1902: Childhood
1915: Learning
1916: World War I
1923: Soviet Jewry
1928: Marriage
Torah & Science
Flight from Europe
1939-45: Holocaust & Rebuilding
Author & Teacher
1950: Leadership
Chassidic Feminism
1960: Technology
1963: Rebellion
1967: The Six Day War
1972: Retirement?
1974: Mitzvah Tanks
Illness & Challenge
1983: Mankind
"Sunday Dollars"
1988: Passing of Rebbetzin
1989: The End of the Cold War
Missiles & Miracles
3 Tammuz 1994: Transmission
1994: Discovery of the "Reshimot"
Today: The Goal
Library: History & Biography
The Man and the Century:
A Timeline Biography of the Lubavitcher Rebbe

1943: Author & Teacher

In 1943 the Rebbe published Hayom Yom, a pocket-sized booklet with a Chassidic saying for each day of the year. Misleadingly humble in format, it soon became a veritable guide to the life of the soul of the Chassid.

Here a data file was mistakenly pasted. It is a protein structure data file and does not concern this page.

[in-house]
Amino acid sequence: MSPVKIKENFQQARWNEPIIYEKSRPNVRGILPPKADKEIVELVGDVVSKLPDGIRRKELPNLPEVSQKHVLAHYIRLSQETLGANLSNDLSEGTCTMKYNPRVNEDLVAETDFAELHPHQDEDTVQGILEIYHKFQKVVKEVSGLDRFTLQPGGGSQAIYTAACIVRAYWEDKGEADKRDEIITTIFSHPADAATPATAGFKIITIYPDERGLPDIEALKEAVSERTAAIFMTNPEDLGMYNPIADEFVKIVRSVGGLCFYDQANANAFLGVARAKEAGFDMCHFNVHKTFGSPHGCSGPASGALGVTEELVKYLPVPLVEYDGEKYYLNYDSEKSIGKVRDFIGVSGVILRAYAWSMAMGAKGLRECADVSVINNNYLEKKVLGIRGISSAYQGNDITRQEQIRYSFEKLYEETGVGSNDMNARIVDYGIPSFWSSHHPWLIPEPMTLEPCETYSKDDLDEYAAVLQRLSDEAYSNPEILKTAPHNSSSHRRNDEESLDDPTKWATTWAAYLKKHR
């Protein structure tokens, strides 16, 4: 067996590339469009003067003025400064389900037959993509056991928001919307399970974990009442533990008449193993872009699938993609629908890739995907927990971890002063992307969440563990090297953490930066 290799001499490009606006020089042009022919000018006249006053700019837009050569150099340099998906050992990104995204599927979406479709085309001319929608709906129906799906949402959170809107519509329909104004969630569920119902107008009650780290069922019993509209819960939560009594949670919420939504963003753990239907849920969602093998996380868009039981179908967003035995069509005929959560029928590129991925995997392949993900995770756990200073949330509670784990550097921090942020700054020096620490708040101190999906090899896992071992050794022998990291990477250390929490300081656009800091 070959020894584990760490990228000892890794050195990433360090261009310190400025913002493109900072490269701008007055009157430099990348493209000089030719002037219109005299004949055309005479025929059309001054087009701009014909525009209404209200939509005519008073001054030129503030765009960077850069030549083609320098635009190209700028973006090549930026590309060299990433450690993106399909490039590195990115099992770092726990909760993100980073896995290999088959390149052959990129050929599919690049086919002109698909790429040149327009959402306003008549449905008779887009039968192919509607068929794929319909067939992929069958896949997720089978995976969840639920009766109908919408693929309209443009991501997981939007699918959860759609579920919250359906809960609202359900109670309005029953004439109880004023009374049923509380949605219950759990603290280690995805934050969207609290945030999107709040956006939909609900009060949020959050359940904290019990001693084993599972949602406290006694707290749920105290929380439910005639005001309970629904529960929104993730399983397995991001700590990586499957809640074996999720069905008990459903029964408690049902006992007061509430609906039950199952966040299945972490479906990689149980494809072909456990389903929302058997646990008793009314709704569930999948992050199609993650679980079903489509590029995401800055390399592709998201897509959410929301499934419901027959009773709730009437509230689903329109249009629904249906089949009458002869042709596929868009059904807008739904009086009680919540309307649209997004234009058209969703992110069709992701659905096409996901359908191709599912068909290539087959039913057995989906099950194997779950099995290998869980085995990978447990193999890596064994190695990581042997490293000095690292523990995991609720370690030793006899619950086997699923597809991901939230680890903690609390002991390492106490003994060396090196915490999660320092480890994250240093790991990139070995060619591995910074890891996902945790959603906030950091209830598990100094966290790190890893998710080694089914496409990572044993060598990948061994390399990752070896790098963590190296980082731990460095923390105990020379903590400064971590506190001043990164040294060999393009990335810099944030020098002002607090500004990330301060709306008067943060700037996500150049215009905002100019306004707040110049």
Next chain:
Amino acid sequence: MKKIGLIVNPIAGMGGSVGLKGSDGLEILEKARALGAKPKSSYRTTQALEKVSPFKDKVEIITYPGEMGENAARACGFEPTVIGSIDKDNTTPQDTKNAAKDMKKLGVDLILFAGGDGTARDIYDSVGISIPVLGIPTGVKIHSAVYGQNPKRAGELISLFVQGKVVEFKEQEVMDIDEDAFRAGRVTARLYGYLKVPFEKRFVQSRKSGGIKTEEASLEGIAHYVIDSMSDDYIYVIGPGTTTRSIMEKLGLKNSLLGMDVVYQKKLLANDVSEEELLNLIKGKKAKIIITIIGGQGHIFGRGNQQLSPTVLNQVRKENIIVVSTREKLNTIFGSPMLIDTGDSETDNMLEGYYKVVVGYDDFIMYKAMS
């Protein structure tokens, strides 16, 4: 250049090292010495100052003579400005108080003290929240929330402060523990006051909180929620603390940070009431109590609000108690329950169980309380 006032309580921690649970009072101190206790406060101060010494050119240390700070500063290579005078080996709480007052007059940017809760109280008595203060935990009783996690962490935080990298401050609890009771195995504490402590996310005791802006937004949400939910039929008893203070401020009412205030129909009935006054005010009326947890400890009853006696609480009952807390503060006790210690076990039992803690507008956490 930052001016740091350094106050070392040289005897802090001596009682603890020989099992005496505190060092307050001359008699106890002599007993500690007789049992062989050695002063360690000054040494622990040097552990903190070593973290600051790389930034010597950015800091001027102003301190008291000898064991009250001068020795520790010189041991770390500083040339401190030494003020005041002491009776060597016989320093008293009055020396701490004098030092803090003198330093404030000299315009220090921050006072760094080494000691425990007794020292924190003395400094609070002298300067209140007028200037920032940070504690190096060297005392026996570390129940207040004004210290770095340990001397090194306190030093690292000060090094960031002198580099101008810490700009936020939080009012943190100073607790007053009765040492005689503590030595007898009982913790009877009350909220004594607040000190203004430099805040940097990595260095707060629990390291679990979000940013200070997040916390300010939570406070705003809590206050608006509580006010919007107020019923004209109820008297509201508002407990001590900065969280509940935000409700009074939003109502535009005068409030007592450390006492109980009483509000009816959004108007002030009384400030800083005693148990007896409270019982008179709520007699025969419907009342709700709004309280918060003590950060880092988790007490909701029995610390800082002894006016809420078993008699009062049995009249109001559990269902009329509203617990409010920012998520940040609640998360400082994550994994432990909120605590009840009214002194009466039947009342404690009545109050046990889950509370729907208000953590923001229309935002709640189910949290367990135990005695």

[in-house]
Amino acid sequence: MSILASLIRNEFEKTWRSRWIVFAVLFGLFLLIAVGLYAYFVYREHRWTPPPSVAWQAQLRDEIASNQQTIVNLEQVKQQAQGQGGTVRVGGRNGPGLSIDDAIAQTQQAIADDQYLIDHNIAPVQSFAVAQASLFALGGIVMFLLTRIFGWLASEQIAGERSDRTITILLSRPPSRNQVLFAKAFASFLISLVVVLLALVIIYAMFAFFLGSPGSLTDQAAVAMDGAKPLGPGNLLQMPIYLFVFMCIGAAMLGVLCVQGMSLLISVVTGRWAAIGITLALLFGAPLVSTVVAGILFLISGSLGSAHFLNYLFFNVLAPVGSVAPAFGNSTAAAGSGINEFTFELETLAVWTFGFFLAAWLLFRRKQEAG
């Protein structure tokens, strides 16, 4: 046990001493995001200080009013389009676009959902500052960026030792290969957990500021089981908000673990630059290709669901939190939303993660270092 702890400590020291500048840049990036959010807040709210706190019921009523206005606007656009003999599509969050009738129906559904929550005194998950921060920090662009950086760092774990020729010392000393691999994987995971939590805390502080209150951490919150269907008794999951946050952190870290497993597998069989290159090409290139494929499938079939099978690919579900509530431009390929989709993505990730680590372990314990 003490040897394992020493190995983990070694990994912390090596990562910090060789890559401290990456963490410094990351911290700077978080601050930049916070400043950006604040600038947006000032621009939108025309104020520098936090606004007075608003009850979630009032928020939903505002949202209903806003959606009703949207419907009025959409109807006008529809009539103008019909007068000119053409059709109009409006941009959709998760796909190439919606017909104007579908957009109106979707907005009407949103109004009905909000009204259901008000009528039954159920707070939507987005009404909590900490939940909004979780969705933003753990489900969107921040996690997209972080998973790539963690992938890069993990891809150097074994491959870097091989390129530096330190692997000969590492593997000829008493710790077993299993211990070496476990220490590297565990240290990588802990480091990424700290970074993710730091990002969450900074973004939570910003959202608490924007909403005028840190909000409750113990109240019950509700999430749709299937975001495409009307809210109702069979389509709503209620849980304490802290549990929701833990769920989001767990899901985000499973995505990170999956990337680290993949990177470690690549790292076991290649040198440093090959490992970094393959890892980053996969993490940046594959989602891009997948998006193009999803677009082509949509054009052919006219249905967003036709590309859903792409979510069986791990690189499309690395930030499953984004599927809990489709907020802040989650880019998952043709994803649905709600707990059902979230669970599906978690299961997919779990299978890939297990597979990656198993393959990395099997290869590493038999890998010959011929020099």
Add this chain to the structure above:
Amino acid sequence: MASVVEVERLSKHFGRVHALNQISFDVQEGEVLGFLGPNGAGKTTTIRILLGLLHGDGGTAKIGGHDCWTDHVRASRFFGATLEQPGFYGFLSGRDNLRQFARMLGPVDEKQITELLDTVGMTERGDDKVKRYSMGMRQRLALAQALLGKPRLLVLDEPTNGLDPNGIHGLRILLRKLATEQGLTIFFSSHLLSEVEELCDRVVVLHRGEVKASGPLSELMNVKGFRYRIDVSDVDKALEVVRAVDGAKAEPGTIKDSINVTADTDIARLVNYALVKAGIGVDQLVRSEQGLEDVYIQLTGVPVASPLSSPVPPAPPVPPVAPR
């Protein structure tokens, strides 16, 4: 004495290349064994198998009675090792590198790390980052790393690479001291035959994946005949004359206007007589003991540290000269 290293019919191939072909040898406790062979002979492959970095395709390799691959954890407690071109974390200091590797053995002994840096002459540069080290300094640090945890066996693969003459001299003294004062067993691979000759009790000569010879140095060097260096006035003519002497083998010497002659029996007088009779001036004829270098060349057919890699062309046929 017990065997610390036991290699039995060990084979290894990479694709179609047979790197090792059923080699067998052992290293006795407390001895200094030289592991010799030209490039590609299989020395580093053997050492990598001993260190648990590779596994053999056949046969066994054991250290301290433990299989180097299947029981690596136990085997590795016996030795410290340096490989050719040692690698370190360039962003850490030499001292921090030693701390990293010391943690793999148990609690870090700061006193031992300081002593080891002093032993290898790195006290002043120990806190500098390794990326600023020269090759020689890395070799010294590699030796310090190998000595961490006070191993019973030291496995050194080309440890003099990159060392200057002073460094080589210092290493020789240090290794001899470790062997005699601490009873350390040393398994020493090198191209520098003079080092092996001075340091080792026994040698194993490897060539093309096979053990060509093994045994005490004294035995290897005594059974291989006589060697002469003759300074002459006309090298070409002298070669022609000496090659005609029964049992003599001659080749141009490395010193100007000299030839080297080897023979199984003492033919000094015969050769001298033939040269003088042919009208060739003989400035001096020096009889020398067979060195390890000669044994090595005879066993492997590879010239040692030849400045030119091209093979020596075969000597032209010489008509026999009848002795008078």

More than 200 volumes of essays, letters and talks were followed over the next half century, pertaining to and illuminating virtually every area of Torah (the vast body of wisdom and law deriving from 3300 years of Jewish study and application of the Divine word revealed at Sinai).

The world has primarily heard of the Rebbe as a great leader and motivator; but no less central to his personality is his revolutionary philosophy and approach to life. Indeed, from his teachings sprang the amazing reach of his influence and the legendary devotion of his followers. (For a sampling of the Rebbe’s teachings, see the “Wisdom” area of this website.)

The Rebbe's primary medium of teaching was the farbrengen--the "Chassidic gathering" in which he addressed thousands of Chassidim and other participants from all walks of life; it was not unusual for a farbrengen to go on for six, eight or even ten hours. The farbrengen consisted of sichot ("talks") separated by brief intervals of song and l'chayim. Following each farbrengen, a select group of disciples reviewed and transcribed the Rebbe's talks, many of which were submitted to him for editing and annotation. These edited talks yielded the 39 volumes of Likkutei Sichot which form the backbone of the Rebbe's teachings.